Hatred has become the air we breathe, and if we are not careful, we too can become agents of evil. We can allow our society to feed us with fear -- fear of annihilation, fear of insecurity, fear of exclusion. And this fear is used to make us do the unthinkable. It is not equivalent to the Holocaust but it is complicity in evil that leads us to deeper evil. If we stay quiet in the face of the injustices that are done in the name of our nation, we allow history to repeat itself.
In learning about the Holocaust, I’ve also learned about those who sacrificed and risked their lives to hide Jews, and others, in their homes in Nazi Germany. These heroes paid a high price by protecting others.
Palestinians: In today’s world, what would you do if ISIS were looking for Jews in your neighborhood? Would you be willing to hide an Israeli Jew in your home? Would you be willing to risk your life, and those of your household, for the sake of a perceived enemy?
Israelis: If radical Jews were looking for Palestinians in your neighborhood, would you be willing to hide Palestinians in your home? Would you be willing to risk your life, and that of your household, for the sake of a perceived enemy?
I hope your answer is yes, because we remember.
“Never again” and “We will not forget.” These are phrases that are tossed around, sometimes lightly and sometimes passionately, on Holocaust Remembrance Day. Living in Israel, I cannot escape the impact that the Holocaust has had on society here and even on how we approach the conflict.
While I have always been drawn to the stories of courage and sacrifice that emerged from one of the darkest hours in human history, I am compelled to ask: Would I have been one of those willing to risk my life to save “the other?” And before even arriving at that pivotal decision, would I have been one of those who stood up to systematic injustice that slowly deprived people of their rights, eventually eroding society and robbing minorities of their very humanity?
The people involved in such dramatic examples of courage did not suddenly become that way, though. In remembering the Holocaust, I believe I have a responsibility to not only say “Never again,” but to act it out each day. I do not use this phrase in the way that it is so often used, as a defense against the world or an excuse to adopt an “us versus them” mentality, believing that surely everyone is out to get “us,” whoever “us” may be.
When I say “Never again,” I mean that I must walk with my eyes wide open, choosing to see the ways that we dehumanize each other, choosing to not turn the other way when I see institutionalized injustice. The Holocaust did not happen overnight but developed from a society that allowed its foundations to be laid.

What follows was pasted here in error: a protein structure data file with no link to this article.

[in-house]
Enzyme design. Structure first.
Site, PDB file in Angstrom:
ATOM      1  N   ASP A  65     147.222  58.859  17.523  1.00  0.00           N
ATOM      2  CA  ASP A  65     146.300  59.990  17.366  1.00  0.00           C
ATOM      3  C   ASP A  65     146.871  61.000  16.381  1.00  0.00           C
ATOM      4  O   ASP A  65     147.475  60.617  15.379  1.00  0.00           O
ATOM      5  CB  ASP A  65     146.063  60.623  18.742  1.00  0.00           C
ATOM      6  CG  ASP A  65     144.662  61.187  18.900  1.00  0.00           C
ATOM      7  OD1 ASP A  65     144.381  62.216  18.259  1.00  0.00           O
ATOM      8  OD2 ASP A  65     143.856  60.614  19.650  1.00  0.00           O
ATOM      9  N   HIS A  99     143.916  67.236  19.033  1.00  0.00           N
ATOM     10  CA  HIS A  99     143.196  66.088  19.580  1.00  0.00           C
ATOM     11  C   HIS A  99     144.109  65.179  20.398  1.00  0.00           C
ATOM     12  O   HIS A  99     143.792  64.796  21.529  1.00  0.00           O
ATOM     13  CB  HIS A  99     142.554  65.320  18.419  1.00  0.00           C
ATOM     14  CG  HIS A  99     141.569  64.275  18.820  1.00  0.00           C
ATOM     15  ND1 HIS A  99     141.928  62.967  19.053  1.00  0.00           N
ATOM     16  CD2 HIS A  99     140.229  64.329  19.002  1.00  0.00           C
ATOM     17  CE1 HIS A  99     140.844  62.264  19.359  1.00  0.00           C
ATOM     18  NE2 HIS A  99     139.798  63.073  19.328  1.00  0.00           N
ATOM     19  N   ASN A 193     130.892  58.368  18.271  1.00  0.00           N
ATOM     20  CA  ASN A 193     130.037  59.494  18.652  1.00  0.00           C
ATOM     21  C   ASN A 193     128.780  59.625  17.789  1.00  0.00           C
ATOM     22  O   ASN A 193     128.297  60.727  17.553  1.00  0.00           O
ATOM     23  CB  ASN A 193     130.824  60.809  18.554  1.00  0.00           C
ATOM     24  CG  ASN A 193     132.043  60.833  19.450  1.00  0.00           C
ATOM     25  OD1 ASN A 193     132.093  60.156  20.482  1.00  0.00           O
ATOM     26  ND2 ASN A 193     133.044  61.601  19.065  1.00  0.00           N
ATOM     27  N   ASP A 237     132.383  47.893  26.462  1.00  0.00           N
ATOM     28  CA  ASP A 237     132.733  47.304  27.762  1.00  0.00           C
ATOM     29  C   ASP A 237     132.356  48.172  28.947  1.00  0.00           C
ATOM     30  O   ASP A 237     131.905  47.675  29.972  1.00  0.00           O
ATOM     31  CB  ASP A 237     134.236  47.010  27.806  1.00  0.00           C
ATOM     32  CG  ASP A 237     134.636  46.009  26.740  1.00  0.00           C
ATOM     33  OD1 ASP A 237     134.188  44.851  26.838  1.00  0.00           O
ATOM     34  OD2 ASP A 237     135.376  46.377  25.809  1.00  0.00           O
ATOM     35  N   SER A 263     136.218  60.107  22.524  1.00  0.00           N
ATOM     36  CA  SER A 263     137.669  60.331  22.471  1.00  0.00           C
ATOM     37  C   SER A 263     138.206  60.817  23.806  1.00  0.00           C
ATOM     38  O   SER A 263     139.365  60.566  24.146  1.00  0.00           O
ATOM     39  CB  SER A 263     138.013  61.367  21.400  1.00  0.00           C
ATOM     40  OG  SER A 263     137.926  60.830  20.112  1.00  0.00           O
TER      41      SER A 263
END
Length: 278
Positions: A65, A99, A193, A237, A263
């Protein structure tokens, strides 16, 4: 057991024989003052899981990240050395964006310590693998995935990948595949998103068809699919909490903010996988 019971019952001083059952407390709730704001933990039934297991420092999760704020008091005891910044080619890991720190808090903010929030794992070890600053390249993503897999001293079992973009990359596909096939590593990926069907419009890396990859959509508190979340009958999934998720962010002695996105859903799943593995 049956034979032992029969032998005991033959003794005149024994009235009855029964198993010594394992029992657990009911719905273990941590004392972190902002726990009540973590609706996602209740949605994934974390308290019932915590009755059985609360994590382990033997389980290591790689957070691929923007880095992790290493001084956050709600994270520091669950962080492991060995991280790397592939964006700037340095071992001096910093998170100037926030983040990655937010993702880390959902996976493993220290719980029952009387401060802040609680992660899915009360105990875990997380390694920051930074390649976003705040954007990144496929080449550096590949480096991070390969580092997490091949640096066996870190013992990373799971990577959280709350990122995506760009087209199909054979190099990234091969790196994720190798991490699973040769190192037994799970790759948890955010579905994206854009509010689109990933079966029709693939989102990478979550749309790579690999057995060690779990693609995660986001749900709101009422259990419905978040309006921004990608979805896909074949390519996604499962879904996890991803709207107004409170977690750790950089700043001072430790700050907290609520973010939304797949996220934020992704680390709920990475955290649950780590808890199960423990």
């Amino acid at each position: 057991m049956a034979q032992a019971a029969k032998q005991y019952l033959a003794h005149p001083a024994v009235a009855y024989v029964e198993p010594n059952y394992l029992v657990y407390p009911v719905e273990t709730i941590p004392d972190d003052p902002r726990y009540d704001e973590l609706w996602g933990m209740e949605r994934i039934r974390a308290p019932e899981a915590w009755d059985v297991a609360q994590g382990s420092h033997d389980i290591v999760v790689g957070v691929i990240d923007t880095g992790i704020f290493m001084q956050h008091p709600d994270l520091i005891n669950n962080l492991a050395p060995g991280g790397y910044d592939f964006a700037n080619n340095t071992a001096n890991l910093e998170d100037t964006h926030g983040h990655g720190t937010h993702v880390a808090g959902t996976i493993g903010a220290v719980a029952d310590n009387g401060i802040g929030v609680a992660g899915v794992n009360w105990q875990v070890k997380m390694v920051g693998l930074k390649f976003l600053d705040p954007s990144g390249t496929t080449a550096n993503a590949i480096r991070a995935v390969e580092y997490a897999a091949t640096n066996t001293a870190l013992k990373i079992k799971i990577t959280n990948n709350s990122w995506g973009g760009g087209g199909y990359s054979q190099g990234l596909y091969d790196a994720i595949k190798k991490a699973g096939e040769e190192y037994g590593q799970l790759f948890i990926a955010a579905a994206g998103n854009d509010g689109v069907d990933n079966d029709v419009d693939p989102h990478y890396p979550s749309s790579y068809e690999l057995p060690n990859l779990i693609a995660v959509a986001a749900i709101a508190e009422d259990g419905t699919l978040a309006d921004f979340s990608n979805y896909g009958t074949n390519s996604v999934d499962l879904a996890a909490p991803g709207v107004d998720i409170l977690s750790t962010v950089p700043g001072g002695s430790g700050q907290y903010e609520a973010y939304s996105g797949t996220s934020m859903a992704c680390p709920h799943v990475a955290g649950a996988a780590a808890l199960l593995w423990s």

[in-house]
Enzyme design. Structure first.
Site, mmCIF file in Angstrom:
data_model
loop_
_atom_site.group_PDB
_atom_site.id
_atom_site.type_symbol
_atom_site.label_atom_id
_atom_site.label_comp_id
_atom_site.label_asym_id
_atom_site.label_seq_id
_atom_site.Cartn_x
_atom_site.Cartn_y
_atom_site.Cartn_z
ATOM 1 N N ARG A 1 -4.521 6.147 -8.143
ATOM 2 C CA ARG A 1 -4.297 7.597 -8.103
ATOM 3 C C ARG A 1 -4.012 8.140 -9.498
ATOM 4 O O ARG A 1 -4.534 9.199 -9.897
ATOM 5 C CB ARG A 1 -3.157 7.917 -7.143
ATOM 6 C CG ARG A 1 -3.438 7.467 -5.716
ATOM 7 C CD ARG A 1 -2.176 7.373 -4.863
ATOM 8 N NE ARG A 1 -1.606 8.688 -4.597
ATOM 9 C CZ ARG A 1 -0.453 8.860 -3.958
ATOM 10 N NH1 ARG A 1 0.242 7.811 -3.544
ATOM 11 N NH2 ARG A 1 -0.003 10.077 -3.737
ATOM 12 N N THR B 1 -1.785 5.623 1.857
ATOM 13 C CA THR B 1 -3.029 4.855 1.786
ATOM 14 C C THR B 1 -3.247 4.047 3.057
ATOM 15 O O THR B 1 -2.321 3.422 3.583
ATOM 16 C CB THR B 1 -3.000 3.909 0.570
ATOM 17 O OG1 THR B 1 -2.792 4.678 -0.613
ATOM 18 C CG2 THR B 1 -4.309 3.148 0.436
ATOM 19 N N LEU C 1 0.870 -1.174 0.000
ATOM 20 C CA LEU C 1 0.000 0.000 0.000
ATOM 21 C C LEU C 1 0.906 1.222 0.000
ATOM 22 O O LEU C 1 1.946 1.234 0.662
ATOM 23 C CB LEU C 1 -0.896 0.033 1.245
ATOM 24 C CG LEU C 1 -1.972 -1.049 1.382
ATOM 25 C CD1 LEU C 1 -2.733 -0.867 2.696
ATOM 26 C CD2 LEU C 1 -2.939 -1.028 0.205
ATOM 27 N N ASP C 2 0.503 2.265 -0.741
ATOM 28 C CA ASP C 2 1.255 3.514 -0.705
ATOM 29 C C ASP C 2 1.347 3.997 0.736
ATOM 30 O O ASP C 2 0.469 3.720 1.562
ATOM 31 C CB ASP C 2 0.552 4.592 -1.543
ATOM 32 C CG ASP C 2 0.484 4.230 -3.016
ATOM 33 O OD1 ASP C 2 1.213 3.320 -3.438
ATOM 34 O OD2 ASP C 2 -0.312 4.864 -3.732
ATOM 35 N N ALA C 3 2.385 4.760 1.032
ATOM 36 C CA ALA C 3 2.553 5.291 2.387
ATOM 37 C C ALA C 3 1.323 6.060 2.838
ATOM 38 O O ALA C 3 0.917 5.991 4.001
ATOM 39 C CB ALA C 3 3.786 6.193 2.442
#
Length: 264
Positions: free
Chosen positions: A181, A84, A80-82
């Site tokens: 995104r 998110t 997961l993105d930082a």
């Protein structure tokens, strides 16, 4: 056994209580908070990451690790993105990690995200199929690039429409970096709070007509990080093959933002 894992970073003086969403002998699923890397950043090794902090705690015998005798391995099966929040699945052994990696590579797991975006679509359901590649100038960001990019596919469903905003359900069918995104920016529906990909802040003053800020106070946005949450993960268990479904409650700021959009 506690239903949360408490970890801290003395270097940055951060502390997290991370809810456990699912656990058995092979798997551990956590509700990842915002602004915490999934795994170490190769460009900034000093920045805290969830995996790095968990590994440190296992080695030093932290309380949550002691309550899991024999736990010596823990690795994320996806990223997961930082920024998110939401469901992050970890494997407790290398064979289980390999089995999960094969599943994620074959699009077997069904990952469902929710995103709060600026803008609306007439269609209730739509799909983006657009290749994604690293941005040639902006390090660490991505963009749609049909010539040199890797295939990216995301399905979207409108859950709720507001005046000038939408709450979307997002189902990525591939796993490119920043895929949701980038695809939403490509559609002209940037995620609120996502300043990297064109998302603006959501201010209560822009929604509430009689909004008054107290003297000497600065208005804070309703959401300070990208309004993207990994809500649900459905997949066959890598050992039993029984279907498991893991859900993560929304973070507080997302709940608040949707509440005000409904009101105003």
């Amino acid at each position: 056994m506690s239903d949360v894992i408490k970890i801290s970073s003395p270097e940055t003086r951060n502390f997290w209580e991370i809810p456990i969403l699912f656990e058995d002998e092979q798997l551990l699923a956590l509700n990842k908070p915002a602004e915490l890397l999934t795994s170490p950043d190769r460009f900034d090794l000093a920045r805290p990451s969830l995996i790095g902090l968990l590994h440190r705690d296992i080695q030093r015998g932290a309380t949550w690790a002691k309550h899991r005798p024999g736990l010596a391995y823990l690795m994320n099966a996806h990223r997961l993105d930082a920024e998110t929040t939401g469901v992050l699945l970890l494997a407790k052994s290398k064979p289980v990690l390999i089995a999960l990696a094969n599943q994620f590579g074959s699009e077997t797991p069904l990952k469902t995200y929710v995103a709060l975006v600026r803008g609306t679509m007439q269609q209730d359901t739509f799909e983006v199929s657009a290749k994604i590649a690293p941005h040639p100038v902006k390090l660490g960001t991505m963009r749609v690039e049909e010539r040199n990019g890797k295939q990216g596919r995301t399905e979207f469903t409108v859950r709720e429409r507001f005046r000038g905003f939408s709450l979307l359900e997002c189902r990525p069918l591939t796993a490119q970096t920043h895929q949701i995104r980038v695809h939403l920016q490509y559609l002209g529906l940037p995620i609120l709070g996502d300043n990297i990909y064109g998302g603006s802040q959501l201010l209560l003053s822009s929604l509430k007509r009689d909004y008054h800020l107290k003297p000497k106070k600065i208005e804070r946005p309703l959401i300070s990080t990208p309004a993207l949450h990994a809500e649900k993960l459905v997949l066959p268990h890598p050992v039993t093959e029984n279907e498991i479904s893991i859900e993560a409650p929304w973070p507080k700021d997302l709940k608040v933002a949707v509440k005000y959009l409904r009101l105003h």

If I am not willing to open my eyes now, then why do I think I would suddenly do so when someone would need a hiding place from genocide? If I make justifications now, then would I not justify turning away then too, saying that perhaps they deserve to be on the run, perhaps they and their families are traitors or even terrorists? This would likely be how the media and the government would label them.
The capacity to dull our sympathy, to not empathize with the other’s suffering because of our own desire for acceptance or our presuppositions, allows us to accept a society that is deteriorating and makes us comfortable with injustice.
When I see a family’s home being razed because they are related to a terrorist, when I see Muslims being attacked simply for their religion, or when I see people losing their rights for “security” reasons, I cannot turn a blind eye. To do so is already placing me on the road to being part of the problem and not the road towards courageously putting my life on the line to save them.
I will end with a quote by Martin Niemoller, a Protestant pastor who became an outspoken critic of Hitler:
First they came for the Socialists, and I did not speak out—
Because I was not a Socialist.
Then they came for the Trade Unionists, and I did not speak out—
Because I was not a Trade Unionist.
Then they came for the Jews, and I did not speak out—
Because I was not a Jew.
Then they came for me—and there was no one left to speak for me.